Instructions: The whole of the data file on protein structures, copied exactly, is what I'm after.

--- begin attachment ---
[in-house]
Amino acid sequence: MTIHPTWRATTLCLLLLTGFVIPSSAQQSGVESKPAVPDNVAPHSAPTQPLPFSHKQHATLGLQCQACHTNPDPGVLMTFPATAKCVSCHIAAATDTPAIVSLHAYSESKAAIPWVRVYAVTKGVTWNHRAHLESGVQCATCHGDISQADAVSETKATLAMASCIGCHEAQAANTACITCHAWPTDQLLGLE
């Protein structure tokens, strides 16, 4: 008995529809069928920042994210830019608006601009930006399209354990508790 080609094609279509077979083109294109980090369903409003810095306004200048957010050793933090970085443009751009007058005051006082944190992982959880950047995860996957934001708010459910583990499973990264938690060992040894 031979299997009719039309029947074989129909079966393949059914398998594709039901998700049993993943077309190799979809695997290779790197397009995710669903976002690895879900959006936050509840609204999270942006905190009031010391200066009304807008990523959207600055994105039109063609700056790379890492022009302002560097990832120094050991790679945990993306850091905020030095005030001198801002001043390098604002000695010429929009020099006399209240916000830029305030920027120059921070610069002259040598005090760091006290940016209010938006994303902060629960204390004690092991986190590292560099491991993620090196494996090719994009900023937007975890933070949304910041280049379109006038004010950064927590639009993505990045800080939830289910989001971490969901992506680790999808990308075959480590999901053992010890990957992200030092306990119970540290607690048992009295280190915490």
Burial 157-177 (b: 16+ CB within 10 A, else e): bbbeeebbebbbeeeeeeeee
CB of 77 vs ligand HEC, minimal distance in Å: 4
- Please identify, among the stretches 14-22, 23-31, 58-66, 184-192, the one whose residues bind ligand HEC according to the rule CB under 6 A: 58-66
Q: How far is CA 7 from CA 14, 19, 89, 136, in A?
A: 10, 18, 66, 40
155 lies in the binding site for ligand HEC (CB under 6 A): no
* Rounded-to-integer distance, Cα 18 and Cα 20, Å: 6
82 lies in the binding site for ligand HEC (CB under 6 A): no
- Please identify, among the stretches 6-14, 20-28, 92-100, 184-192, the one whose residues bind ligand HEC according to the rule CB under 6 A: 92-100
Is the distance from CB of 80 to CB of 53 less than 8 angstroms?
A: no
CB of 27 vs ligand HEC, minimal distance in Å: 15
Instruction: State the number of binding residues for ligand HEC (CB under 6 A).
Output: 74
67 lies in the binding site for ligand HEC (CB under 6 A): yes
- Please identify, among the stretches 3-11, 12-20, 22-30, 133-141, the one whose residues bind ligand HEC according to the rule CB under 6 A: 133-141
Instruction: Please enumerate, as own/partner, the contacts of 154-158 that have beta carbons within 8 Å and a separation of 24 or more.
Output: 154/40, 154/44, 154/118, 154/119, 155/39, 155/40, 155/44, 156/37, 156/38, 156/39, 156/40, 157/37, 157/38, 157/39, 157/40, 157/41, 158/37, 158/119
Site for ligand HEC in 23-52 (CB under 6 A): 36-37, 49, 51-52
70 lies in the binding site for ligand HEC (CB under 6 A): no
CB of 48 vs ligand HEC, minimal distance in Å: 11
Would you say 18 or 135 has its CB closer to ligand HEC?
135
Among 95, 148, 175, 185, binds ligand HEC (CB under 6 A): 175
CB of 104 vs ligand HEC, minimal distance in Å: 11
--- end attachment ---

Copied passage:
[in-house]
Amino acid sequence: MTIHPTWRATTLCLLLLTGFVIPSSAQQSGVESKPAVPDNVAPHSAPTQPLPFSHKQHATLGLQCQACHTNPDPGVLMTFPATAKCVSCHIAAATDTPAIVSLHAYSESKAAIPWVRVYAVTKGVTWNHRAHLESGVQCATCHGDISQADAVSETKATLAMASCIGCHEAQAANTACITCHAWPTDQLLGLE
């Protein structure tokens, strides 16, 4: 008995529809069928920042994210830019608006601009930006399209354990508790 080609094609279509077979083109294109980090369903409003810095306004200048957010050793933090970085443009751009007058005051006082944190992982959880950047995860996957934001708010459910583990499973990264938690060992040894 031979299997009719039309029947074989129909079966393949059914398998594709039901998700049993993943077309190799979809695997290779790197397009995710669903976002690895879900959006936050509840609204999270942006905190009031010391200066009304807008990523959207600055994105039109063609700056790379890492022009302002560097990832120094050991790679945990993306850091905020030095005030001198801002001043390098604002000695010429929009020099006399209240916000830029305030920027120059921070610069002259040598005090760091006290940016209010938006994303902060629960204390004690092991986190590292560099491991993620090196494996090719994009900023937007975890933070949304910041280049379109006038004010950064927590639009993505990045800080939830289910989001971490969901992506680790999808990308075959480590999901053992010890990957992200030092306990119970540290607690048992009295280190915490």
Burial 157-177 (b: 16+ CB within 10 A, else e): bbbeeebbebbbeeeeeeeee
CB of 77 vs ligand HEC, minimal distance in Å: 4
- Please identify, among the stretches 14-22, 23-31, 58-66, 184-192, the one whose residues bind ligand HEC according to the rule CB under 6 A: 58-66
Q: How far is CA 7 from CA 14, 19, 89, 136, in A?
A: 10, 18, 66, 40
155 lies in the binding site for ligand HEC (CB under 6 A): no
* Rounded-to-integer distance, Cα 18 and Cα 20, Å: 6
82 lies in the binding site for ligand HEC (CB under 6 A): no
- Please identify, among the stretches 6-14, 20-28, 92-100, 184-192, the one whose residues bind ligand HEC according to the rule CB under 6 A: 92-100
Is the distance from CB of 80 to CB of 53 less than 8 angstroms?
A: no
CB of 27 vs ligand HEC, minimal distance in Å: 15
Instruction: State the number of binding residues for ligand HEC (CB under 6 A).
Output: 74
67 lies in the binding site for ligand HEC (CB under 6 A): yes
- Please identify, among the stretches 3-11, 12-20, 22-30, 133-141, the one whose residues bind ligand HEC according to the rule CB under 6 A: 133-141
Instruction: Please enumerate, as own/partner, the contacts of 154-158 that have beta carbons within 8 Å and a separation of 24 or more.
Output: 154/40, 154/44, 154/118, 154/119, 155/39, 155/40, 155/44, 156/37, 156/38, 156/39, 156/40, 157/37, 157/38, 157/39, 157/40, 157/41, 158/37, 158/119
Site for ligand HEC in 23-52 (CB under 6 A): 36-37, 49, 51-52
70 lies in the binding site for ligand HEC (CB under 6 A): no
CB of 48 vs ligand HEC, minimal distance in Å: 11
Would you say 18 or 135 has its CB closer to ligand HEC?
135
Among 95, 148, 175, 185, binds ligand HEC (CB under 6 A): 175
CB of 104 vs ligand HEC, minimal distance in Å: 11